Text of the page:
Rewriting: The Baby Step Method

Be warned: I know next to nothing about revision. I do line edits (a.k.a. "tweaking") all the time but full-fledged revision has always intimidated the hell out of me. In the case of DragonBorn, it's not so much revision as rewriting. I've read several sources full of great suggestions but nothing seems to scream at me to "Eureka!" I will likely use the advice of many until I discover, develop and refine my own system.

I've decided to try "baby steps" on my debut rewriting venture. I may need to reorganize the order of these steps but for now this is how I anticipate things to unfold.

Baby Step Number One:

Determine whose story it really is. In the rough draft did you end up with the right MC?

This may seem a silly question but I discovered I didn't give the right character enough emphasis or viewpoints in my rough draft. This story truly belongs to Ghislaine, not Danken. Theoretically, knowing this will allow me to refocus the attention where it belongs.

That seems simple enough but the truth is the realization has taken two years to hit me between the eyes. I owe this revelation Ansen Dibell, the author of
Plot (Elements of Writing Fiction). He (I assume Ansen is male) raised this question early on and it actually stopped me cold. I had known for some time that I had made a very huge mistake in Dragonborn and suddenly I could identify the mistake.

Baby Step Number Two:

Do the exercises in Maass's Workbook.

I've tried doing the exercises in the workbook during the developmental stage of a story. Now it's time to use it as the revision tool it was created to be.

Because the first draft focused almostly completely on Danken (the wrong MC), I need to dig deep into who Ghislaine is, what she wants, what she fears, and what she risks. I have general answers to each of these questions but I need so much more than generalities. (In a recent chat I was told my writing is often vague or generalized. The insight was on target and I needed to hear it. Although Gail didn't say it, I realize vagueness is annoying. If I have to be vague in order to keep the reader reading, the story isn't strong enough. It needs work. I'm beginning to suspect this is what the "may want to consider more exposition" comment on the rejection really meant.)

I'm not sure how long this process will take. The workbook is thick and the exercises aren't meant to be breezed through. I'm prepared to spend several weeks or more on this phase of the project.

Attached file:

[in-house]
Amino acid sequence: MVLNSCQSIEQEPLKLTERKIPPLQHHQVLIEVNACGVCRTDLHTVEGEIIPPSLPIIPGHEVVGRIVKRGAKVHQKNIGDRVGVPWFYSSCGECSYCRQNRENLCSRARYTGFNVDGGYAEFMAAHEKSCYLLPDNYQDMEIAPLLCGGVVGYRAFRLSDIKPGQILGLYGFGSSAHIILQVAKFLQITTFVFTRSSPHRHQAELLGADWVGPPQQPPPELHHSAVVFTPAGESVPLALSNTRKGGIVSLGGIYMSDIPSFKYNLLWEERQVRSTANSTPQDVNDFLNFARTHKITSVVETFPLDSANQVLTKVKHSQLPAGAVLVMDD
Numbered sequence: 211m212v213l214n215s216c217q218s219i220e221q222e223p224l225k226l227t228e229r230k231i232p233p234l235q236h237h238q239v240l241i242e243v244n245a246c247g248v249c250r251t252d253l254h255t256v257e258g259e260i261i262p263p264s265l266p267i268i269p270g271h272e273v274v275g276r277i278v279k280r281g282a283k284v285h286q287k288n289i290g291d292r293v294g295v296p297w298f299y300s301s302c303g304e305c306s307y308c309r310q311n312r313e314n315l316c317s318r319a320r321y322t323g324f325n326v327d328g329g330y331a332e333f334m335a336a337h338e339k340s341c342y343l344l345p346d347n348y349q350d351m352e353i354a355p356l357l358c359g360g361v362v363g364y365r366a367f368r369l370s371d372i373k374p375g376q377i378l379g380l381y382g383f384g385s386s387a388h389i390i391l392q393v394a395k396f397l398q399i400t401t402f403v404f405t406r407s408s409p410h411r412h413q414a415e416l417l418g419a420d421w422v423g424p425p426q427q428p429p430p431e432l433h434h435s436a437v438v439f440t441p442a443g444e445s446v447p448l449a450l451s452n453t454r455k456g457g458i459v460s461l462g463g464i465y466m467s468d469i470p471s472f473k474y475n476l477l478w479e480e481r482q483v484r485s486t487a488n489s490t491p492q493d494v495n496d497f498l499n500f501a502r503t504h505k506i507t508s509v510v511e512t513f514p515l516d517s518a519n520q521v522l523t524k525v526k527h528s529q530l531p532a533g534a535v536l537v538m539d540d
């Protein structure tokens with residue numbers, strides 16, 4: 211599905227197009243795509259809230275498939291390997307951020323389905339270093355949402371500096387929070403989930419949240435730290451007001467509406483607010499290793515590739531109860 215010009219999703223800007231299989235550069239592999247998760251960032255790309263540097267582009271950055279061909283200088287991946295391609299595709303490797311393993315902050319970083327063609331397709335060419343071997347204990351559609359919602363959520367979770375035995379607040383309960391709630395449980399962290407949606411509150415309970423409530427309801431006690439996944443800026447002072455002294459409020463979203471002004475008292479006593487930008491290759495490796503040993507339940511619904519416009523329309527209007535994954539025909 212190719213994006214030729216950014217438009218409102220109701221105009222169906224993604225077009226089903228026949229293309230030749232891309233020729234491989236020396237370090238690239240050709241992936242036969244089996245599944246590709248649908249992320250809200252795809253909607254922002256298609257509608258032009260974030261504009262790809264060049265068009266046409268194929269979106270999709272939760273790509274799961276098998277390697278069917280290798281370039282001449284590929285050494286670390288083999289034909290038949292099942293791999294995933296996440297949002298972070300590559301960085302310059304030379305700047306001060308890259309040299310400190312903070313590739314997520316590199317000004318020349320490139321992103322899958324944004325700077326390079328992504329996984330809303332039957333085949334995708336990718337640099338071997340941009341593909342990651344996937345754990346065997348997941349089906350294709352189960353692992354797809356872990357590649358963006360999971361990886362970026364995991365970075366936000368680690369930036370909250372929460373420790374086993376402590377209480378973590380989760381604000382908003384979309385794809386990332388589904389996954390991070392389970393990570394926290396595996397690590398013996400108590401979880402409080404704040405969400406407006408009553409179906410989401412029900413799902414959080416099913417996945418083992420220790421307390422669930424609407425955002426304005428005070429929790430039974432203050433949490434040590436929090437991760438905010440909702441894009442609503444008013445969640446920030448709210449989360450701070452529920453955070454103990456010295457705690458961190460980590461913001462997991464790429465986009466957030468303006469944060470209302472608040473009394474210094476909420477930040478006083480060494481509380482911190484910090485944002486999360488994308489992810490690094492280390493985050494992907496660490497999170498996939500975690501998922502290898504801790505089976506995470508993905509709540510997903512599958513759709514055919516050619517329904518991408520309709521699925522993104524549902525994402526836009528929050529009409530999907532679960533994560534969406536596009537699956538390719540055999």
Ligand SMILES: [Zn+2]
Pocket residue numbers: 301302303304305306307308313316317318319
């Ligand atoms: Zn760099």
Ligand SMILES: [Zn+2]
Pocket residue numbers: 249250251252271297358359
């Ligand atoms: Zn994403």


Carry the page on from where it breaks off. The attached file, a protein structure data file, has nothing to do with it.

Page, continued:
Baby Step Number Three:

Print and Read the Rough Draft.

Guilty admission: I've never printed the entire manuscript. I'm a miser with my ink and I didn't want to "waste" any on paper I'd likely end up throwing away after I was done with it. Seems like such a waste. Ink is expensive! But no matter which way I turn for advice I hear this again and again: Print it out. Reading it on the computer screen is not condusive to revisions.

Fine. I'll print it.

I probably won't be able to stop myself from grabbing a pen and some sticky notes. I'm not sure it makes sense to do this when you consider I may end up tossing the majority of what is currently written but I know my hypercritical-self won't be able to remain idle while I'm reading this.

Baby Step Number Three:

Compose a new scene outline incorporating the elements disovered
in step 1 & 2.

For each scene state the viewpoint character's goal, the obstacle standing in their way, and list what this scene does for the story as a whole. This may prove more challenging than it sounds. I've never broken my scenes down quite like this.

Baby Step Number Four:
Compare the scene outline to the rough draft and determine what you can keep and what you need to toss.

Being ruthless with the story is difficult for me. It's not that I think of any of it as "my darling" that I just can't bear to delete or restructure. What I see is hours of effort and time being unraveled. The rough draft took time and effort to compose. Undoing that time and effort is rather painful.

I know, I know. Get over it. Such is writing!

Baby Step Number Five:

Begin writing, editing, and restructuring.

Pretty self-explanatory, don't you think?